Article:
What I Gained From Swimming

When I say I’m a swimmer, I don’t just mean I go for a paddle when the water’s warm...


I wake up at 4:12am and lug my cold, tired body up and down a concrete hole filled with water. I rock up to school with dripping wet hair and a faint chlorine scent. I haul 20 kilos worth of gear with me everywhere I go and my eyebags… well we don’t need to discuss those.


When you put it like that, some would probably think I’m insane, but the things that I have gained from swimming- the memories, experiences and opportunities far outweigh the ‘negatives’. Today I thought I would share these, and some of the tricks that I have learnt to combat those days where the last thing you want to do, is get in the water.


I believe one of the most valuable things I have gained from swimming is being able to spend time with likeminded people. Afterall, your teammates are with you at your worst, those gruelling IM sets, or the days that it pours with rain… in the middle of Winter…in an outdoor pool. Your teammates know you better than anyone else and I for one am incredibly grateful for the relationship that I have with my swimming friends, for they are the real deal.


Now to address the faint chlorine scent. I always thought that it was inevitable and I was just going to have to put up with smelling like a public swimming pool. But Swim Skin has changed the game. I’m all for products that are quick, easy and effective and Swim Skin is just that. Not to mention they are easy to chuck into my bag ready for after training (Yes!) and perfect for sensitive skin like mine. (And an added bonus- my hair no longer looks like straw if anyone wanted to know).


For me, swimming is an outlet, the place I go to not think for a couple of hours. I focus on that extra kick of underwater, or not breathing on the first stroke, because they are the things I can control. When we line up to race, you do not know how others will perform; so, you must control your own race. Swimming is all about control: control of your strokes, control of your mind, but really, in life, we must also focus on what we can control.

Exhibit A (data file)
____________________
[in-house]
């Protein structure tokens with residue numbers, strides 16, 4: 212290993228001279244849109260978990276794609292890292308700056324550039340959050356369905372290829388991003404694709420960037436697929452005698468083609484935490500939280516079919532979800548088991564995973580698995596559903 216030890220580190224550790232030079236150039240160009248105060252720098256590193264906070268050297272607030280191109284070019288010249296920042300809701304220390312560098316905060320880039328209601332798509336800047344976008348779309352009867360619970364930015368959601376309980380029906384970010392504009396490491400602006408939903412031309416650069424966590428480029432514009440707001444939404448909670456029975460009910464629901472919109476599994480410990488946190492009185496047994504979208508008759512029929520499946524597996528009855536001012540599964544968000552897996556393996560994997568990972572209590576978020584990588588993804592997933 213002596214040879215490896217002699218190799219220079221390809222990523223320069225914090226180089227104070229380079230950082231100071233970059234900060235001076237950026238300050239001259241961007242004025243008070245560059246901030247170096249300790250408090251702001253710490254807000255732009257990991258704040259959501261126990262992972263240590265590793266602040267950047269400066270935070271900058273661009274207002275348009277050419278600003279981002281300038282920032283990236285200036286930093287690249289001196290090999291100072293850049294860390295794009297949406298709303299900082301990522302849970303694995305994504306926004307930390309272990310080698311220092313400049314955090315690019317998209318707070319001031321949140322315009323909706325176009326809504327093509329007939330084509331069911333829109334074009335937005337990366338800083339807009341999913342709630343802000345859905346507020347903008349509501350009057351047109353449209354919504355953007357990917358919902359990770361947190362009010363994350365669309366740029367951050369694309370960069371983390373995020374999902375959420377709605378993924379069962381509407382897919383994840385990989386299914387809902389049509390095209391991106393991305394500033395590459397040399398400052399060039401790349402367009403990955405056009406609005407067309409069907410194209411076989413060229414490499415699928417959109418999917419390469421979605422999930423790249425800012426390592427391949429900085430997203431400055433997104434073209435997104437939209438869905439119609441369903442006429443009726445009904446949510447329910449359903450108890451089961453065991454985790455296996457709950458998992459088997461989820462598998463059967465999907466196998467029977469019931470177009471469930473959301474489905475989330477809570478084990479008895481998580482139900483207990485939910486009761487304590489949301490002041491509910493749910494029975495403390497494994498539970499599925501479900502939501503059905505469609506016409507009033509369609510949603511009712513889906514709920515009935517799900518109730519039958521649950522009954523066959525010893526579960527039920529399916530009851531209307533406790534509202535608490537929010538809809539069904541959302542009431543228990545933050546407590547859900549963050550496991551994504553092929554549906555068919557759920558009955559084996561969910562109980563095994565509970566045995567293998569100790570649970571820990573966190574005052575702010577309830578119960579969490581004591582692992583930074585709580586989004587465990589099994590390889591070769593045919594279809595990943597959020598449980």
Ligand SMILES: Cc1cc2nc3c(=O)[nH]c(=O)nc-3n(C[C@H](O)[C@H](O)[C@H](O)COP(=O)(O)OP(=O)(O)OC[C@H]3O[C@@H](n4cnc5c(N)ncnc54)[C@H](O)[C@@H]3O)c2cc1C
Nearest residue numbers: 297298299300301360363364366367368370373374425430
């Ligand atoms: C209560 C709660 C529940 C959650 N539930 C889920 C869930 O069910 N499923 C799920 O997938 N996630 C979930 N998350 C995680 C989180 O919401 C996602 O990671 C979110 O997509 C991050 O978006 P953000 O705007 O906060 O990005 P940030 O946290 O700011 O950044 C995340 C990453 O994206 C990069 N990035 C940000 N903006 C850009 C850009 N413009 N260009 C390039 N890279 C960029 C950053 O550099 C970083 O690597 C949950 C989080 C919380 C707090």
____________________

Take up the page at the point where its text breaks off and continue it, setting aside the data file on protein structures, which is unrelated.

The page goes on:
A couple of years ago I attended a seminar run by Swimming NSW and Meg Bailey, and one quote stuck with me the most: 

When the going gets tough, the tough get going.”

Swimming has given me so much more than I ever thought possible- leadership skills, grit, determination and positivity in the face of adversity. At the Olympic Swimming Trials this year I got the opportunity to race against some of the fastest people in Australia (and the world), and whilst my performances were not my finest, I developed courage, resilience and an extra burst of motivation regardless of the result.


Because, standing there; I realised that swimming is so much more than the destination, it is about the journey. Emma McKeon, Ariarne Titmus and Meg Harris (Just to name a few), didn’t get there without those character traits- and in the same way, each of us can do incredible things with a little bit of grit, determination and positivity.


In some ways, swimming is addictive. The rush of adrenaline that I get lining up for a race is truly unmatched. The opportunity to constantly be the best version of myself both in and out of the pool is something I wouldn’t change for the world. As pools and gyms begin to open up post lockdowns, I challenge you to find your why- have a go and challenge yourself to be better, do better and have a little fun along the way. Afterall, it’s not all 4am starts and cold mornings. Sometimes the best things are found where and when you least expect it.


Written by Anneke van Zoggel | Swimmer

Follow Anneke on Instagram @annekevanzoggel

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